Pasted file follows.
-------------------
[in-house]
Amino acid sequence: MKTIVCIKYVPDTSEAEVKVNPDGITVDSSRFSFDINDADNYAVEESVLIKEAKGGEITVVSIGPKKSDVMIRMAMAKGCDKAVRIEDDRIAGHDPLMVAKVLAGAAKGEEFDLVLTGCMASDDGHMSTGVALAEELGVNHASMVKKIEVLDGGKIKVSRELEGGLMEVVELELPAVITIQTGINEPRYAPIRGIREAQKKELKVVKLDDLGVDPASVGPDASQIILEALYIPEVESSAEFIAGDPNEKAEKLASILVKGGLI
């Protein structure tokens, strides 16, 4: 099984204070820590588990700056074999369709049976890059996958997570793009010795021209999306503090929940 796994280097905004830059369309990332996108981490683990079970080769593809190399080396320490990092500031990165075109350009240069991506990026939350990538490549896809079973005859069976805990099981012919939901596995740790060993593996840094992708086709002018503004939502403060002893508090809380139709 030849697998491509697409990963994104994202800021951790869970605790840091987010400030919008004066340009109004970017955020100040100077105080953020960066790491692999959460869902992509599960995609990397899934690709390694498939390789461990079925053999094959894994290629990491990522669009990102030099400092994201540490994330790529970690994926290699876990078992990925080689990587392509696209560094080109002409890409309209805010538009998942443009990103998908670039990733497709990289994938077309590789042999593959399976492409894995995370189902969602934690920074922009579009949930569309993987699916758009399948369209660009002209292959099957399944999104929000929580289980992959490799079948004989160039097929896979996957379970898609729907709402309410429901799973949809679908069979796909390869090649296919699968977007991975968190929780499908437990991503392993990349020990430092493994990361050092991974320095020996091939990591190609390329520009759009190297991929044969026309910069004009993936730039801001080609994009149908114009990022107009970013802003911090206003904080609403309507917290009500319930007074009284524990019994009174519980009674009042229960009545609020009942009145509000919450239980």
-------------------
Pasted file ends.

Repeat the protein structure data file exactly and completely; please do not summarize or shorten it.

[in-house]
Amino acid sequence: MKTIVCIKYVPDTSEAEVKVNPDGITVDSSRFSFDINDADNYAVEESVLIKEAKGGEITVVSIGPKKSDVMIRMAMAKGCDKAVRIEDDRIAGHDPLMVAKVLAGAAKGEEFDLVLTGCMASDDGHMSTGVALAEELGVNHASMVKKIEVLDGGKIKVSRELEGGLMEVVELELPAVITIQTGINEPRYAPIRGIREAQKKELKVVKLDDLGVDPASVGPDASQIILEALYIPEVESSAEFIAGDPNEKAEKLASILVKGGLI
């Protein structure tokens, strides 16, 4: 099984204070820590588990700056074999369709049976890059996958997570793009010795021209999306503090929940 796994280097905004830059369309990332996108981490683990079970080769593809190399080396320490990092500031990165075109350009240069991506990026939350990538490549896809079973005859069976805990099981012919939901596995740790060993593996840094992708086709002018503004939502403060002893508090809380139709 030849697998491509697409990963994104994202800021951790869970605790840091987010400030919008004066340009109004970017955020100040100077105080953020960066790491692999959460869902992509599960995609990397899934690709390694498939390789461990079925053999094959894994290629990491990522669009990102030099400092994201540490994330790529970690994926290699876990078992990925080689990587392509696209560094080109002409890409309209805010538009998942443009990103998908670039990733497709990289994938077309590789042999593959399976492409894995995370189902969602934690920074922009579009949930569309993987699916758009399948369209660009002209292959099957399944999104929000929580289980992959490799079948004989160039097929896979996957379970898609729907709402309410429901799973949809679908069979796909390869090649296919699968977007991975968190929780499908437990991503392993990349020990430092493994990361050092991974320095020996091939990591190609390329520009759009190297991929044969026309910069004009993936730039801001080609994009149908114009990022107009970013802003911090206003904080609403309507917290009500319930007074009284524990019994009174519980009674009042229960009545609020009942009145509000919450239980």